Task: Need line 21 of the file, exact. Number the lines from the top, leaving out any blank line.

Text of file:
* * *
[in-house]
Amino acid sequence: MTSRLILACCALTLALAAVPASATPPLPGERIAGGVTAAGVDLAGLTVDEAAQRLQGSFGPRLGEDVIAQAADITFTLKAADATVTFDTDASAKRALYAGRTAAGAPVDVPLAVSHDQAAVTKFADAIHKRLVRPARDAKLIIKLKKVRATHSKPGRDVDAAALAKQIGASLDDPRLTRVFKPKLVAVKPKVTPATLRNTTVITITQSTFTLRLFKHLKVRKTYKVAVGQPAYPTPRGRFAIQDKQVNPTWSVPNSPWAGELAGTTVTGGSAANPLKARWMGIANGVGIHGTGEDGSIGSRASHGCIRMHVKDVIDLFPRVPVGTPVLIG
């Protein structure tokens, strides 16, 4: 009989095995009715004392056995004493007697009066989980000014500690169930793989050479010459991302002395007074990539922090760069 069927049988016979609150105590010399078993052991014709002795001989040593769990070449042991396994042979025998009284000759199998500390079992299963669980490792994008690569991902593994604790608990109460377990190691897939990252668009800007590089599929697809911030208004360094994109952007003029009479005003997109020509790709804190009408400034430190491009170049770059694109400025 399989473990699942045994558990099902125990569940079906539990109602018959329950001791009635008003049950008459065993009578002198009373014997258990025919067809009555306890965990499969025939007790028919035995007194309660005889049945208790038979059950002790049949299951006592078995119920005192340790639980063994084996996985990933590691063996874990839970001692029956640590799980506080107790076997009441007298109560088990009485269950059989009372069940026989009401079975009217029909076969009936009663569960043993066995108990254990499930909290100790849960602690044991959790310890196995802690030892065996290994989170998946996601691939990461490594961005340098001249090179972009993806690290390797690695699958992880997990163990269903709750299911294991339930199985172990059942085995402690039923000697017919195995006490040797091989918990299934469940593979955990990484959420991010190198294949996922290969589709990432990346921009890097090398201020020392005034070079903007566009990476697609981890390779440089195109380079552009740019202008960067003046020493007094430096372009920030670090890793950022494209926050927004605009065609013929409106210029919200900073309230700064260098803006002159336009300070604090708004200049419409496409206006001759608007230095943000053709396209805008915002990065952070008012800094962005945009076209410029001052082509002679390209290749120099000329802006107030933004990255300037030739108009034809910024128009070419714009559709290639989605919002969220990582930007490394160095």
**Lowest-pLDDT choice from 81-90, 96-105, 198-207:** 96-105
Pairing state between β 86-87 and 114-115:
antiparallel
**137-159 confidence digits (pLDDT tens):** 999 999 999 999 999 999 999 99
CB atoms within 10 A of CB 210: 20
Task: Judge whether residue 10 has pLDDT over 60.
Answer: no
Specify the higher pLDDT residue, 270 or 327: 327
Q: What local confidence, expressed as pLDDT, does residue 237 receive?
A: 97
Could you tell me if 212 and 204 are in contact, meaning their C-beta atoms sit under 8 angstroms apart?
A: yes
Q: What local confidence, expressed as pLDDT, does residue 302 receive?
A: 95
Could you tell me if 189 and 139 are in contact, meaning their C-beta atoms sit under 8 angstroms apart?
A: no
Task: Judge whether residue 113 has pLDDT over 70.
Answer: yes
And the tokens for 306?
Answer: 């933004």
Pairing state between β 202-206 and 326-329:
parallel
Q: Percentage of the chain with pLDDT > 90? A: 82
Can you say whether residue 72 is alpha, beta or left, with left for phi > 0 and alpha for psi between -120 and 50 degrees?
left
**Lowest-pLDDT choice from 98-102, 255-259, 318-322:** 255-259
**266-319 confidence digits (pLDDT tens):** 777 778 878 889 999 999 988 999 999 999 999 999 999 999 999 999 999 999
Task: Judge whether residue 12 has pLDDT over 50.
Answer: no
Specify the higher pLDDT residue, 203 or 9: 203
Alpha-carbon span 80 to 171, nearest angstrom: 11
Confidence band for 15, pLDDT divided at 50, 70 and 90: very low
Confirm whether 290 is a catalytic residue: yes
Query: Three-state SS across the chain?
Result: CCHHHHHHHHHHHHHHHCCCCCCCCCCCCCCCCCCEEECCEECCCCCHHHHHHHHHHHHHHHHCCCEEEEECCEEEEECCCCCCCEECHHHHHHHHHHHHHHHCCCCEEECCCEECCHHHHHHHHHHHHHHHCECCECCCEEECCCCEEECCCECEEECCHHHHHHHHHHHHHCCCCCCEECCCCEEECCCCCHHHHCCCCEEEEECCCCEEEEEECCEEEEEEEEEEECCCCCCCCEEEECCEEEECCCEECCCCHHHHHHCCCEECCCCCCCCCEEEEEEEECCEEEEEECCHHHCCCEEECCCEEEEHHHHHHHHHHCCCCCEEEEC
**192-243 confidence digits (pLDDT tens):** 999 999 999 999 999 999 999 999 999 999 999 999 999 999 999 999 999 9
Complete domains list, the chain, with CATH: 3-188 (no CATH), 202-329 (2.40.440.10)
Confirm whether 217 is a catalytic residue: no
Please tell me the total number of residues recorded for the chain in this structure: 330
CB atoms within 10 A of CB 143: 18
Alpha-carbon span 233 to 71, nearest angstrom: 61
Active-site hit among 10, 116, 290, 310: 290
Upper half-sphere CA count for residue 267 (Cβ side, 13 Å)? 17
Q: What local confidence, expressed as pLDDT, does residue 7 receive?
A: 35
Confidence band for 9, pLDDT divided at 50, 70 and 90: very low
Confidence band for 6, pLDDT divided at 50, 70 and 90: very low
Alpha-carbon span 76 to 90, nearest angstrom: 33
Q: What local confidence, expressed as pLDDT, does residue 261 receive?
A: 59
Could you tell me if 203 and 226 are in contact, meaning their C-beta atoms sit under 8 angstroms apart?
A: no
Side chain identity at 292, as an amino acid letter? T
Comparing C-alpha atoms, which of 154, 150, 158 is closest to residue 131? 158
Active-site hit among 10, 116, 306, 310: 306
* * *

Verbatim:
Answer: yes